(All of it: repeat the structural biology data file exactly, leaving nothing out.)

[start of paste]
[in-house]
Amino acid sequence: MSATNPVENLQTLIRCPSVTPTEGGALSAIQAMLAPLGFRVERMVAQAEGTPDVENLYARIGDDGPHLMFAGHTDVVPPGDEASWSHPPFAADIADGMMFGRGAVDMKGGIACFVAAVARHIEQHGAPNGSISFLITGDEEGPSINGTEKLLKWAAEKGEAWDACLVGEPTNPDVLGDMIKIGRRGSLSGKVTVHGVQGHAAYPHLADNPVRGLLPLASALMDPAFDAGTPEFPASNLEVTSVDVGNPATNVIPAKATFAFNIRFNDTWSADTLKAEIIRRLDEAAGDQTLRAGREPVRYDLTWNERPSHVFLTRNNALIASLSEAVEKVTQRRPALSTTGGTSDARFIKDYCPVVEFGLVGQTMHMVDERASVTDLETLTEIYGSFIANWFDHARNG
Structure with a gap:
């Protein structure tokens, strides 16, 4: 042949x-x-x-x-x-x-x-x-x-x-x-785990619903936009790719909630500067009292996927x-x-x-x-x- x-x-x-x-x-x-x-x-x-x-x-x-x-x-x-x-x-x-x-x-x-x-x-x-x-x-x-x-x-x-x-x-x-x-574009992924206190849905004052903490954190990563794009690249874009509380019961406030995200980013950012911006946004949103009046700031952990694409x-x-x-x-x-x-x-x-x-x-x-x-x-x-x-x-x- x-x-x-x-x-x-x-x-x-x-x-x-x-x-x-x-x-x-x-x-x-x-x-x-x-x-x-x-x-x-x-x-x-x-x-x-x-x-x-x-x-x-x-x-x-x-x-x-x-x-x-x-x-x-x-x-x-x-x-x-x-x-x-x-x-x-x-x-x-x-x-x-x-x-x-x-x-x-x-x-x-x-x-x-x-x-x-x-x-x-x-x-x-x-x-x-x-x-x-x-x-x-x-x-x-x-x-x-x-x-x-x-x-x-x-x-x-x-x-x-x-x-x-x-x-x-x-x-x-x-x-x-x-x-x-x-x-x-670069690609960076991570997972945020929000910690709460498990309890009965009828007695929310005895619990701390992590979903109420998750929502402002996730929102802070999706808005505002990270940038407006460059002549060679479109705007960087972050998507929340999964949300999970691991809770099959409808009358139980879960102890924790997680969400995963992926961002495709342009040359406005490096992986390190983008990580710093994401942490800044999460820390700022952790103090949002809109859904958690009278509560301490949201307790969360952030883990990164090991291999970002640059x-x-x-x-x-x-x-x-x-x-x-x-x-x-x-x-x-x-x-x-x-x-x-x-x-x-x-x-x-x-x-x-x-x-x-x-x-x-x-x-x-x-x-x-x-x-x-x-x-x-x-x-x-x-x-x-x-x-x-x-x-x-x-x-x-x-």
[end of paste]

[in-house]
Amino acid sequence: MSATNPVENLQTLIRCPSVTPTEGGALSAIQAMLAPLGFRVERMVAQAEGTPDVENLYARIGDDGPHLMFAGHTDVVPPGDEASWSHPPFAADIADGMMFGRGAVDMKGGIACFVAAVARHIEQHGAPNGSISFLITGDEEGPSINGTEKLLKWAAEKGEAWDACLVGEPTNPDVLGDMIKIGRRGSLSGKVTVHGVQGHAAYPHLADNPVRGLLPLASALMDPAFDAGTPEFPASNLEVTSVDVGNPATNVIPAKATFAFNIRFNDTWSADTLKAEIIRRLDEAAGDQTLRAGREPVRYDLTWNERPSHVFLTRNNALIASLSEAVEKVTQRRPALSTTGGTSDARFIKDYCPVVEFGLVGQTMHMVDERASVTDLETLTEIYGSFIANWFDHARNG
Structure with a gap:
């Protein structure tokens, strides 16, 4: 042949x-x-x-x-x-x-x-x-x-x-x-785990619903936009790719909630500067009292996927x-x-x-x-x- x-x-x-x-x-x-x-x-x-x-x-x-x-x-x-x-x-x-x-x-x-x-x-x-x-x-x-x-x-x-x-x-x-x-574009992924206190849905004052903490954190990563794009690249874009509380019961406030995200980013950012911006946004949103009046700031952990694409x-x-x-x-x-x-x-x-x-x-x-x-x-x-x-x-x- x-x-x-x-x-x-x-x-x-x-x-x-x-x-x-x-x-x-x-x-x-x-x-x-x-x-x-x-x-x-x-x-x-x-x-x-x-x-x-x-x-x-x-x-x-x-x-x-x-x-x-x-x-x-x-x-x-x-x-x-x-x-x-x-x-x-x-x-x-x-x-x-x-x-x-x-x-x-x-x-x-x-x-x-x-x-x-x-x-x-x-x-x-x-x-x-x-x-x-x-x-x-x-x-x-x-x-x-x-x-x-x-x-x-x-x-x-x-x-x-x-x-x-x-x-x-x-x-x-x-x-x-x-x-x-x-x-x-670069690609960076991570997972945020929000910690709460498990309890009965009828007695929310005895619990701390992590979903109420998750929502402002996730929102802070999706808005505002990270940038407006460059002549060679479109705007960087972050998507929340999964949300999970691991809770099959409808009358139980879960102890924790997680969400995963992926961002495709342009040359406005490096992986390190983008990580710093994401942490800044999460820390700022952790103090949002809109859904958690009278509560301490949201307790969360952030883990990164090991291999970002640059x-x-x-x-x-x-x-x-x-x-x-x-x-x-x-x-x-x-x-x-x-x-x-x-x-x-x-x-x-x-x-x-x-x-x-x-x-x-x-x-x-x-x-x-x-x-x-x-x-x-x-x-x-x-x-x-x-x-x-x-x-x-x-x-x-x-």